Them: “I’ve been waiting so long for Captain Marvel to come out and we got tickets tonight!”
You: “Dude, I saw it, it’s so boring, skip it.”
Don’t be a killjoy.
#22 What Would Everyone Do
If you are contemplating on doing something, apply that to all people in the world. Think to yourself: what would happen if everybody did that? If the result leads to chaos, don’t do that. Subconsciously, people don’t usually think of themselves as one of many, but as “me and the others.”
#23 Consider The Optics Of Cheating
In relationships, it’s not just about your intentions. Optics matter. Few people who cheat plan to cheat; it’s always “it just happened!” Yeah, it just happened after months of inappropriate texting and messaging that your spouse noticed and asked you to limit. “I won’t cheat!” Isn’t adequate. If you aren’t respecting the fact that it is bad optics to carry on constant, hidden communication with someone who doesn’t respect boundaries, you’re disrespecting your partner.
#24 Prioritizing Phone Over Presence
I don’t use any social media, so my phone is only for calling and texting when necessary. It’s weird to hang out with people when they spend so much of their time on their phones—they’re prioritizing their distractions over your company. Well, as it happens, many people use phones just because they don’t want to experience the discomfort of silence and lack of conversation. They might not be prioritizing their phones over your presence directly, they just might be a bit uncomfortable without the constant distraction. They can’t start conversations properly unless it’s some funny meme or some interesting article they came across. Try to be more mindful of your phone usage in social situations and what it might signal to others.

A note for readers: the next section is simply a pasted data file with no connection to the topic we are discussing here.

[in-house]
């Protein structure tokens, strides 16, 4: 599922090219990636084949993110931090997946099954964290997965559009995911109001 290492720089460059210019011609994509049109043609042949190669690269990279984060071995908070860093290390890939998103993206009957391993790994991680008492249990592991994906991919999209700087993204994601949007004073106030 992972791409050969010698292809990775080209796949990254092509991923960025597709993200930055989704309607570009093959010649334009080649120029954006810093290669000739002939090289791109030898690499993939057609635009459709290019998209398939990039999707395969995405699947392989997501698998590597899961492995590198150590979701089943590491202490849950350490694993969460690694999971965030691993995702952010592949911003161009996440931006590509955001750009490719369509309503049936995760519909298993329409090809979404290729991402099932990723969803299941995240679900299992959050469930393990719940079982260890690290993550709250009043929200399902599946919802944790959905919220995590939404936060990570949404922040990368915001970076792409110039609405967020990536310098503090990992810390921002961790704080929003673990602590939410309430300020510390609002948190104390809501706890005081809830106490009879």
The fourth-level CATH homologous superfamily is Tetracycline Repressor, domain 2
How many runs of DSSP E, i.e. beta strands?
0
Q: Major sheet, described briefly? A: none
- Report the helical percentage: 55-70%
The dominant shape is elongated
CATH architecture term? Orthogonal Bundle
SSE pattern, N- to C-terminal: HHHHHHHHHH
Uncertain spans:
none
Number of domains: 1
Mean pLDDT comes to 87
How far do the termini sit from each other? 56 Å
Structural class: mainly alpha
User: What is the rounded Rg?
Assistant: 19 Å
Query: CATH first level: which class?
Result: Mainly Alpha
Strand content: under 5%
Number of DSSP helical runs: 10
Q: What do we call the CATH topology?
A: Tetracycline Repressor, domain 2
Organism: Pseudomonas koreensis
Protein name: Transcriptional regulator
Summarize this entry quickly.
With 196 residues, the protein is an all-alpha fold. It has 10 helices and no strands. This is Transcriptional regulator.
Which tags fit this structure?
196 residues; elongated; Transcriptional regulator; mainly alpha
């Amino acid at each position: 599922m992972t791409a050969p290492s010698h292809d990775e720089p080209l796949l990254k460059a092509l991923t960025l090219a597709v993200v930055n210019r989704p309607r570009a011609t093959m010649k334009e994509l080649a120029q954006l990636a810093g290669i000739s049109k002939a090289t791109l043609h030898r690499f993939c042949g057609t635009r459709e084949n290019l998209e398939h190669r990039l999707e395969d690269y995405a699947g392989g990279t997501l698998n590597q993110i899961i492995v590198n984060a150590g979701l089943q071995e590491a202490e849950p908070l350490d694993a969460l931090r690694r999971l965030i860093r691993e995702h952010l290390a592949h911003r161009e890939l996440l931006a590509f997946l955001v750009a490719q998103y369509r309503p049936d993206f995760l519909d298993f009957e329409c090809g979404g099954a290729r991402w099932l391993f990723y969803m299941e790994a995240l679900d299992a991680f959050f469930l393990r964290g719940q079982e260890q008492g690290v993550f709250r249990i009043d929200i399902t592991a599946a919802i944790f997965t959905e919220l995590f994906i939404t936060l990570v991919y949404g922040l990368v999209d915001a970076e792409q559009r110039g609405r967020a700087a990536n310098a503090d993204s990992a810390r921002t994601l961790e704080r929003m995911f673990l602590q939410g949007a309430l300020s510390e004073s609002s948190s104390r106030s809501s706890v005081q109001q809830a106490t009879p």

#25 Leaving Shy Alone
It is not your job to “break someone out of their shell.” By all means, make them feel welcome and appreciated, but if they are more comfortable in silence, then let them be. Some people (myself included) simply aren’t big talkers and don’t want attention. Don’t feel it’s your duty to “open them up.”
#26 Don’t Judge A Book
As the old saying goes, “Don’t judge a book by its cover.” Everyone you interact with friends, family, and strangers alike, keep in mind that they all have different things going on in their lives. A person could seem angry, or distant, or lazy, but could have something else tearing them apart inside that you can’t see and might make you act the same way if you were in the same situation.
Someone could have just lost a job or a good friend. Maybe they didn’t sleep all night, or have some disorder that you don’t know about nor understand. Your first thoughts shouldn’t be that they’re a bad person, they should be, “I wonder if they have something going on in their lives.” Give people some leeway and, if it seems appropriate, ask if they’re okay. A few sentences can help resolve arguments before they happen or relieve an unspoken tension between you.
#27 Polite Parking
Don’t park in other people’s driveways. I came home the other day and my neighbor’s car was parked in my driveway without asking us. We live in a medium-sized city and the street parking was filled. My neighbor’s roommate said he “hadn’t learned the rules of city parking yet.”